A decade ago people used to believe that people, process and technology are the three Business enablers. John F Kennedy once said, “the Chinese use two brush strokes to write the word ‘crisis.’ one brush stroke stands for danger; the other for opportunity. In a crisis, be aware of the danger–but recognize the opportunity”. In today’s world globalization propels the business growth and at the same time, presents massive challenges in the form of supply chain. This phenomenon called globalization impacts the economy, product life cycle, society, environment and personal life too.
I am not sure if anyone measured the increase in competition due to globalization, but surely the globalization has immensely improved sustainable competitiveness in many organisations. In order to be competitive in this world of uncertainties and volatile market conditions, we need a successful formula that could deliver and address challenges such as global reach, price competitiveness, agility and rapidity to reach the market, improved production and supply lead time, make vs. buy decisions, identifying non-core activities and outsourcing, improved operating profit after capital charge, on top of all this, EVA, total customer satisfaction and happy investors. The role of the supply chain has never been as important as it is in today’s globalized economy. Supply Chain speed and agility have become two key levers for competitive differentiation and increased profitability. Today’s supply Chain successfully handles all the challenges identified above and converts those challenges into opportunities in order to deliver competitive advantage to the organisation. And it is proved time and again that Supply Chain is the core business enabler apart from people, process and technology.
Today there is no dearth for technology, we have variety of technological tools that offer variety of automation, the need of the hour is the people who can understand the business dynamics and customer expectations and develop effective supply chain processes that adds value and delivers competitive advantage and sustainability to the business.
Supply Chain delivers broadly four competitive advantages to the business and that includes, cost benefits, flexibility benefits, quality benefits and last but not least is the lead time benefits. These benefits are driven through Planning, Continuous Improvement, Quality (standard work to achieve consistency) and the ability to reach global customers faster and efficiently.
The below figure shows the supply chain functional pyramid:
Whereas the business is not a charity, in order to be successful, it has to generate profits keep the shareholders happy and encourage them to invest more money into the business. George W Bush rightly pointed out that, “you can’t do today’s job with yesterday’s methods and be in business tomorrow”. And that is where we need effective, advanced and cutting-edge supply chain processes and efficiencies. A good business leader should create a vision, articulate it passionately and drive towards completion. Any good vision will have four “P”s in it, people, process, product and profitability. If you look into the business objectives pyramid, you will find all these elements in one form or the other.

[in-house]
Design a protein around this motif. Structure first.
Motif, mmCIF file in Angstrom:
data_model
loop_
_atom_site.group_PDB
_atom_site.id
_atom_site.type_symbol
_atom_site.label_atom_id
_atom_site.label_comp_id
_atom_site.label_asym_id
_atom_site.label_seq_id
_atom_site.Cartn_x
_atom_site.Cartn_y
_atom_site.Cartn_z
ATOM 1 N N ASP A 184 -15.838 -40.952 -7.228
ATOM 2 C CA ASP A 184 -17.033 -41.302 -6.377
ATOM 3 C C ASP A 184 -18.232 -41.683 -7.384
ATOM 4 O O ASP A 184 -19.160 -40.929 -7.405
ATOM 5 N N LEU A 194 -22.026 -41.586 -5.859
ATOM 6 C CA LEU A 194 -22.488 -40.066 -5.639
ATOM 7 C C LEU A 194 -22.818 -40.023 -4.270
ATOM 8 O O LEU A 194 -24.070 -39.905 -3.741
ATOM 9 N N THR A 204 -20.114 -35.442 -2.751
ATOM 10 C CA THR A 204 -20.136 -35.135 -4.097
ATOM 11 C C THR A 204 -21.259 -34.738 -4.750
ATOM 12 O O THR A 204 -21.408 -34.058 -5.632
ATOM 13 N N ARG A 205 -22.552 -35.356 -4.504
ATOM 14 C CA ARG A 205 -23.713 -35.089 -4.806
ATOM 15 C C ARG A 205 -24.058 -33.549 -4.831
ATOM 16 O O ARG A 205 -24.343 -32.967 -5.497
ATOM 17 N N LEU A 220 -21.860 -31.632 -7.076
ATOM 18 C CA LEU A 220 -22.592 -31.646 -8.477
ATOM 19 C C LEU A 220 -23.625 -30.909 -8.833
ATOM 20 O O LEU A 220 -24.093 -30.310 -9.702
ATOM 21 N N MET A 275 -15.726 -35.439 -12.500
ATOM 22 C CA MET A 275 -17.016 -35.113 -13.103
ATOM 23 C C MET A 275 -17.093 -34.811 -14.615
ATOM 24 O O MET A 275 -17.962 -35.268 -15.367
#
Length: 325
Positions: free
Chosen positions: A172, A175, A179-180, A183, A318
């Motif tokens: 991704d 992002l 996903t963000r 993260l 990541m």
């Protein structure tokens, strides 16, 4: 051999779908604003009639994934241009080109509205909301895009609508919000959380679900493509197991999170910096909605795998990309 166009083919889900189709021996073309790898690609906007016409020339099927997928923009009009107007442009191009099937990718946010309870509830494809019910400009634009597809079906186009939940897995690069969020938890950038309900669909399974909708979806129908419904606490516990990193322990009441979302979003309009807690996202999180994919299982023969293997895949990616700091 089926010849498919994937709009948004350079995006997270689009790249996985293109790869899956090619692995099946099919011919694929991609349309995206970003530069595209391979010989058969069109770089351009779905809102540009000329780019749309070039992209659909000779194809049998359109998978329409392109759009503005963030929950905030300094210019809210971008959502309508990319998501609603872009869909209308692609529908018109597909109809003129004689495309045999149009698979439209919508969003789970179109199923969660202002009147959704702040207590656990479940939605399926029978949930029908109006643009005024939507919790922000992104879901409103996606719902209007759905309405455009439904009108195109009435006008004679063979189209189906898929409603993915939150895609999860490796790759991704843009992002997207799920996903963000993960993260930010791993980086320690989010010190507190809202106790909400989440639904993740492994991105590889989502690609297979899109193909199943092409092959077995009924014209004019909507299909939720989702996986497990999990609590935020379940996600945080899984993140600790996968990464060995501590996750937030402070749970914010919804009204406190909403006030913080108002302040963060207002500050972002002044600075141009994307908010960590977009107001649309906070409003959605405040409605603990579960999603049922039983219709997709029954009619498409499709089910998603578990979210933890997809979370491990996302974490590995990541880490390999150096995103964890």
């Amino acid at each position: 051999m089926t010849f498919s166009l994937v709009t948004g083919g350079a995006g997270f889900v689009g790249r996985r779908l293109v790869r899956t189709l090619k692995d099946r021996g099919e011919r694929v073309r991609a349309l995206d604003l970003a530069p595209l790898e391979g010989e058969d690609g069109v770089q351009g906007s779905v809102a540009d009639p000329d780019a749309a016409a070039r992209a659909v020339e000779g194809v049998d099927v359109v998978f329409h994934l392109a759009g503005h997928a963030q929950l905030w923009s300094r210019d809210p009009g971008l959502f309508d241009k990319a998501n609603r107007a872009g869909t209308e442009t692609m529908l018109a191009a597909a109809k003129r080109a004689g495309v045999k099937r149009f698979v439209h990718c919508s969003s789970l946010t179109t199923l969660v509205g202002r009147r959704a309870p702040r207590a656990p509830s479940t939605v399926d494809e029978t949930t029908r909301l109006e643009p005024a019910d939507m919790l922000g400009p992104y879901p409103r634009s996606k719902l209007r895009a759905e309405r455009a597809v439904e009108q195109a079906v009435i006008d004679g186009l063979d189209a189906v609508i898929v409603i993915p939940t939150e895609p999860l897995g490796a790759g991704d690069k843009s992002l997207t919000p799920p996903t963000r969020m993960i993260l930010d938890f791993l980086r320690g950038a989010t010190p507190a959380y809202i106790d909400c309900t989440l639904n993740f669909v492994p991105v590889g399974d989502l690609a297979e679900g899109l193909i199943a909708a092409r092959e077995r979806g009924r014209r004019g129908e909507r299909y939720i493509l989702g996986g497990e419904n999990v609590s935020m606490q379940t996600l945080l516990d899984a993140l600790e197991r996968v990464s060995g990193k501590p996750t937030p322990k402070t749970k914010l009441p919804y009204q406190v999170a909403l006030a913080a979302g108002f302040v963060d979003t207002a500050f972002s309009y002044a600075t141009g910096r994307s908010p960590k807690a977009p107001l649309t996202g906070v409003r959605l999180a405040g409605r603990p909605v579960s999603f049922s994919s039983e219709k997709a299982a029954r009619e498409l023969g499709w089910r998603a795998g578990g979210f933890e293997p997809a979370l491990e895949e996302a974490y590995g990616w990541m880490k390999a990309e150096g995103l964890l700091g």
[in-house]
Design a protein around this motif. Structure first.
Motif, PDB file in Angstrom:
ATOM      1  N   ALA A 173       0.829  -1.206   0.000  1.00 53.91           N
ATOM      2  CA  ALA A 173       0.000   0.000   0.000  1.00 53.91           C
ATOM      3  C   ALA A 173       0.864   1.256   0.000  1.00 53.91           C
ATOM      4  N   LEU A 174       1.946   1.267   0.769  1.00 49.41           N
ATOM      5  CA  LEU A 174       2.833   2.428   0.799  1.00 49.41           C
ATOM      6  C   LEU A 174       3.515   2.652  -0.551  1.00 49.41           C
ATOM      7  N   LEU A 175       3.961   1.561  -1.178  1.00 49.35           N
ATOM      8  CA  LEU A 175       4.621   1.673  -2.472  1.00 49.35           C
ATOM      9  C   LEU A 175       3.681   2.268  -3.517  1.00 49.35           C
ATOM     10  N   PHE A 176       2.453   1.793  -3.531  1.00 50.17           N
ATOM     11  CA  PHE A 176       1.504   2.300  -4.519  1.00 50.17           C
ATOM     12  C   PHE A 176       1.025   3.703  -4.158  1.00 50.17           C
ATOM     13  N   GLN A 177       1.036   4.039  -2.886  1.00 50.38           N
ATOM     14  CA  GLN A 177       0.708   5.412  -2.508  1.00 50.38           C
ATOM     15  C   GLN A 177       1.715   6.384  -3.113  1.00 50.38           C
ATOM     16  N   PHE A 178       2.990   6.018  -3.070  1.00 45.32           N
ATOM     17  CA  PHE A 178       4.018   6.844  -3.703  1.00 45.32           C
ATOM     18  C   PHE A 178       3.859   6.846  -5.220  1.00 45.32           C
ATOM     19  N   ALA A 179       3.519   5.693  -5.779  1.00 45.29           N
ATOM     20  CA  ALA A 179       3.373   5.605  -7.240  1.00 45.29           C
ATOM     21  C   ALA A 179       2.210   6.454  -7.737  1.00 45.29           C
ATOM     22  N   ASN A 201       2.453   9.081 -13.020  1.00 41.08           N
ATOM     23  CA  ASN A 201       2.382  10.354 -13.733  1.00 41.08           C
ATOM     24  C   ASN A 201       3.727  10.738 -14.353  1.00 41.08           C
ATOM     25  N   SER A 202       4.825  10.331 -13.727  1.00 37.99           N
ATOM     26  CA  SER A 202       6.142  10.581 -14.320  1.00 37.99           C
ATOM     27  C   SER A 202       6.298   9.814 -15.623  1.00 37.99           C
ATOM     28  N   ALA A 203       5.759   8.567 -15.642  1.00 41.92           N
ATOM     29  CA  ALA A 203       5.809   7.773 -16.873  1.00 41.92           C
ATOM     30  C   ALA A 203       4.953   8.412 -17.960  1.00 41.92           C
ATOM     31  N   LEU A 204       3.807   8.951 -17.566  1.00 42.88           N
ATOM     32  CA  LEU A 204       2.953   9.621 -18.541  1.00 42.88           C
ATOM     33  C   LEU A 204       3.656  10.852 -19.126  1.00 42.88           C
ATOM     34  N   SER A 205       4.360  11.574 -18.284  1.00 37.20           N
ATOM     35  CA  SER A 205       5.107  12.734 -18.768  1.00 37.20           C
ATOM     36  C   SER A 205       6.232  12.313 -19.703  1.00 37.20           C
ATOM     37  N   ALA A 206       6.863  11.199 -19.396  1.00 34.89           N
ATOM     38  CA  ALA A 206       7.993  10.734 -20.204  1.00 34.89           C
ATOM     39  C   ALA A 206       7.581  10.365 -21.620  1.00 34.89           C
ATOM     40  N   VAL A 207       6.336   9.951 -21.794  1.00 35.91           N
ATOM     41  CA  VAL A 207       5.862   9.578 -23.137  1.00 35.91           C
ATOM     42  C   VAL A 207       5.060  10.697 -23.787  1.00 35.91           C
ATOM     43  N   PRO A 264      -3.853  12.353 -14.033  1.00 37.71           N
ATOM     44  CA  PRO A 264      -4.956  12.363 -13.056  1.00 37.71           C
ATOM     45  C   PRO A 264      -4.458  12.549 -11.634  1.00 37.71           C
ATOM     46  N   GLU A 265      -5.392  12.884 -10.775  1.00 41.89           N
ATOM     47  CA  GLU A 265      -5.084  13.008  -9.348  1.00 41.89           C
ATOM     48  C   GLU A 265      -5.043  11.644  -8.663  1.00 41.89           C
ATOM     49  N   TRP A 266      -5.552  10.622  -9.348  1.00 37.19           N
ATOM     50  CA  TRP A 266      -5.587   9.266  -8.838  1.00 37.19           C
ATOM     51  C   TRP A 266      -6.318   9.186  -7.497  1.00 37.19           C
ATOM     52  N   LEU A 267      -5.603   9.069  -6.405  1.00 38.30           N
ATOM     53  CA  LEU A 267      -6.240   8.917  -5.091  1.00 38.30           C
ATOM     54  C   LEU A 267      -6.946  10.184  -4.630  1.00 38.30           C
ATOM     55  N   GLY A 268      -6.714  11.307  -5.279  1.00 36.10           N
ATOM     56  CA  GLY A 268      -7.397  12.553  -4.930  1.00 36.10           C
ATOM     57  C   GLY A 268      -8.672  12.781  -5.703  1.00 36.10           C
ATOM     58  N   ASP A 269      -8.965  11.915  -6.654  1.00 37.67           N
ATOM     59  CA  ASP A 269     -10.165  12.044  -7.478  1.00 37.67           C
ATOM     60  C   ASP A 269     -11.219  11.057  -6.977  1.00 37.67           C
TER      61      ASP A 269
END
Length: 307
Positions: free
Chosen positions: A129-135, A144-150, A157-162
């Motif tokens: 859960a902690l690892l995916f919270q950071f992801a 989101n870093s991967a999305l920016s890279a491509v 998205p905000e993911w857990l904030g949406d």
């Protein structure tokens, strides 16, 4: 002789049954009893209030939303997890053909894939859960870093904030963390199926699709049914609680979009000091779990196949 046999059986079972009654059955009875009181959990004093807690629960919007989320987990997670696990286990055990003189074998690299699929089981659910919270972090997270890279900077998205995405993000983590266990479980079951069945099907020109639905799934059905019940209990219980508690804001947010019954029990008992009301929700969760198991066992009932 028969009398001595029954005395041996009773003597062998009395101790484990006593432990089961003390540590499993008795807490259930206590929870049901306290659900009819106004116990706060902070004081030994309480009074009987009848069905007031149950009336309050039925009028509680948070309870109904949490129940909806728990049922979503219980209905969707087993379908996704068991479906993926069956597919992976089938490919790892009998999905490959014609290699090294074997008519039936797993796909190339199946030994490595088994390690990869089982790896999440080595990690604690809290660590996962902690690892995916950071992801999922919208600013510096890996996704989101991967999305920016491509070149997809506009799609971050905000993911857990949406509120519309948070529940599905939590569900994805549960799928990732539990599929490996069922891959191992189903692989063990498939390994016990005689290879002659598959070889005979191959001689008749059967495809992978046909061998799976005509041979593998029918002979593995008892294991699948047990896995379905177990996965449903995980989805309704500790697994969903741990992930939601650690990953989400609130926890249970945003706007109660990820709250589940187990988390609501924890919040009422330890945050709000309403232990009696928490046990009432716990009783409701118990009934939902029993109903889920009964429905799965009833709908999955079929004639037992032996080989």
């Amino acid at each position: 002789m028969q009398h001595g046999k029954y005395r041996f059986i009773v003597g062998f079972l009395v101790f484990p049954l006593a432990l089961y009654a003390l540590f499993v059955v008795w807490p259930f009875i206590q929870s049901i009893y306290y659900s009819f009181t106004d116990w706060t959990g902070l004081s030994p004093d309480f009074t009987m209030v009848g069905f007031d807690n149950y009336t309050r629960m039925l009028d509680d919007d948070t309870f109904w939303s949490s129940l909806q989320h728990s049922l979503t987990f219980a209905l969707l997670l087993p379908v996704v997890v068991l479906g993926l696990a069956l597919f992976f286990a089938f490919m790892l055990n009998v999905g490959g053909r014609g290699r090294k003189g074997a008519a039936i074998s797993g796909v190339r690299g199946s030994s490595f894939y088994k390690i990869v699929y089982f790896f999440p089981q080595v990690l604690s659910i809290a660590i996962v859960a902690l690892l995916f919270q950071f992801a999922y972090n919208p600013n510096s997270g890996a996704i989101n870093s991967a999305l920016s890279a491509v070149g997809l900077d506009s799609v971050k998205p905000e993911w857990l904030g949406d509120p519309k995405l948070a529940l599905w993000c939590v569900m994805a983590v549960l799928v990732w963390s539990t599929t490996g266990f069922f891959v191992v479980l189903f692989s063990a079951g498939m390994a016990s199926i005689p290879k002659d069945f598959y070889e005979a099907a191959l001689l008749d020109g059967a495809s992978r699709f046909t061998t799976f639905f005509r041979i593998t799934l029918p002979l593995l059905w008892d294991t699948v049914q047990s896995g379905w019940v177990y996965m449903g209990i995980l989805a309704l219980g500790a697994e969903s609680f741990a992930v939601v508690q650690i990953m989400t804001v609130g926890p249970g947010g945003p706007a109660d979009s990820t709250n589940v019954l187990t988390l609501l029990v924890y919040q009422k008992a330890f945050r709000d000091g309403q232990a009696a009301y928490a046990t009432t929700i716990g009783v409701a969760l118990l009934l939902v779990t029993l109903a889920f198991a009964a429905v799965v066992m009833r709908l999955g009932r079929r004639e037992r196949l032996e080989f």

The below figure shows the Business Growth and Prosperity Pyramid:
In the month of December 2013, Hitachi Consulting group report (published in Europe) indicated that 80% of supply chain managers do not see their supply chain as an enabler of business strategies within their organisation. Greg Kinsey, VP of Hitachi Consulting, said: “The results from our survey make one thing very clear – disconnect between a company’s business transformation strategy and the day-to-day management of the supply chain remains a serious, yet hidden, problem for many organisations. Hence, it is absolutely necessary to align the supply chain transformation strategy with the business strategy in order to excel in today’s dynamic, challenging, volatile, confusing, compelling, and exasperating world of business. The below figure explains the alignment between supply chain transformation and business growth and prosperity with right people, processes and with the help of technology.
It is very critical that the supply chain transformation is well aligned with business growth and prosperity strategies. The below figure illustrates the path for the alignment.
Organizations may have to recognize that the supply chain transformation and alignment with the organisational goals and objectives delivers a competitive market differentiation. The uniqueness sells; let us not forget that uniqueness’s core objective is to create that magic of alignment between supply chain and organisational goals. In order to achieve the short and long term goals the transformed and aligned supply chain will have critical influence on business and organisational outcomes and to large extent on the shareholders and customers.
It is worth concluding this article with 7 simple supply chain lessons taught by Steve Jobs of Apple Computers (Source: Supplychain247.com)